Secretary Gregory Bialecki, Executive Office of Housing and Economic Development
It may not be as far off as you think.
An important collaboration not mentioned in my last post is the recent announcement of plans to develop a high-performance computing center (HPCC) in Holyoke. The $100 million facility will be a world-class, energy-efficient computing and research center – the first of its kind in New England. But just as importantly, it represents an unprecedented coming together of the Commonwealth, private and public universities, and members of the private sector to work toward a common goal.
For several months members of the Patrick Administration have worked with MIT, UMASS, Boston University, EMC, Cisco Systems, and local leaders to create a vision for the center. What started as conversation, evolved into an effort to create a premier site for highly-efficient “green” computing with an associated academic-corporate research agenda that will put the Commonwealth at the forefront of the next generation of computing.
Last month, the partners signed a Letter of Intent, formally defining their vision for the center and beginning to create an action plan for the following 120 days.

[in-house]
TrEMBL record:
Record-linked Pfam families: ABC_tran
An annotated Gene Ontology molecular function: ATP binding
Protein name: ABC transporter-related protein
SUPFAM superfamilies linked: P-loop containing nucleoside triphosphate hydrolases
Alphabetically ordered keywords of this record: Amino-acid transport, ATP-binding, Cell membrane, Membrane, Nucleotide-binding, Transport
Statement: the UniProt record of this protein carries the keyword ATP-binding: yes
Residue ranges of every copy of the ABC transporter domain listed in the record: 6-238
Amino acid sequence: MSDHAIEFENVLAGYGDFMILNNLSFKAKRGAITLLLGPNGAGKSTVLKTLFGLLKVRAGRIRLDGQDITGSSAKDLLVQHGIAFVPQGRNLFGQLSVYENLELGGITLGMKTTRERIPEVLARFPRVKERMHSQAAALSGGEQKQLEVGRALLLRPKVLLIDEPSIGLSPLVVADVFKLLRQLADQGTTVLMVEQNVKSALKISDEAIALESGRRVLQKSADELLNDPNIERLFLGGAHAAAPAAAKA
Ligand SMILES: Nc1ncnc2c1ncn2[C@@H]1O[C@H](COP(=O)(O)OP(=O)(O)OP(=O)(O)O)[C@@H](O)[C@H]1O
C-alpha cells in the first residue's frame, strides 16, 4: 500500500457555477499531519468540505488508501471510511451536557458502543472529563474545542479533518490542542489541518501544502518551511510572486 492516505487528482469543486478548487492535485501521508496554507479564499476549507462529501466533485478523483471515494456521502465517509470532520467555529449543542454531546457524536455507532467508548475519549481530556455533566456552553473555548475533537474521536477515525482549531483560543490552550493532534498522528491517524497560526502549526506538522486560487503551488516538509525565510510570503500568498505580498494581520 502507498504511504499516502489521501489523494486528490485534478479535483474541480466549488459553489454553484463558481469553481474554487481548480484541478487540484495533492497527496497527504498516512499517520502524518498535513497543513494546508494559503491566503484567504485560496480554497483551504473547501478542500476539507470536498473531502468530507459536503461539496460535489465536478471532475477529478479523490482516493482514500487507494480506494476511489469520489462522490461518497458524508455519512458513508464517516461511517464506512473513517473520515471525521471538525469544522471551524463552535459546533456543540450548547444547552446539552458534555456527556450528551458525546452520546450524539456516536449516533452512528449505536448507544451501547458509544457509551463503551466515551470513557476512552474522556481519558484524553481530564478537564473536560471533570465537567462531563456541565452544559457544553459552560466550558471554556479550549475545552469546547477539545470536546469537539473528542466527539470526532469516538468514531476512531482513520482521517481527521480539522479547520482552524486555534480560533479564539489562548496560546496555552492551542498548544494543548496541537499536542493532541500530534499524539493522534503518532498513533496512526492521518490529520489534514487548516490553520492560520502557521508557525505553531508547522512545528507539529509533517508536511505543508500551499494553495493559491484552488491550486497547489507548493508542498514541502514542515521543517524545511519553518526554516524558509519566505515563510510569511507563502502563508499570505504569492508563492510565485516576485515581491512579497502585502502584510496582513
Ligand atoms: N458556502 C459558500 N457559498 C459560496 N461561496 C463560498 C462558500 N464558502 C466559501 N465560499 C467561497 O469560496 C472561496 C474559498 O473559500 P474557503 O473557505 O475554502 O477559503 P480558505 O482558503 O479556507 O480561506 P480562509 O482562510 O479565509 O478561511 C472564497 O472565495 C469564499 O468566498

Over the next few months the partners will flesh out details including: an organizational structure and operating model; how to tap into Holyoke’s abundance of affordable, renewable hydro-electric power; creating capital and operating financial plans, including public and private sources of funds; forming a statewide research agenda; educational and workforce training plans; definition of “green” components and the creation of project timetables.
The establishment of High Performance Computing Center, which will support academic and corporate initiatives, has the potential to become a critical component of a regional innovation agenda. It’s particularly exciting to see this 21st century initiative taking shape in one of the country’s first industrial cities.
The partners involved in the HPCC project reconvened this week to assess the progress being made in advancing this project, and the news is good.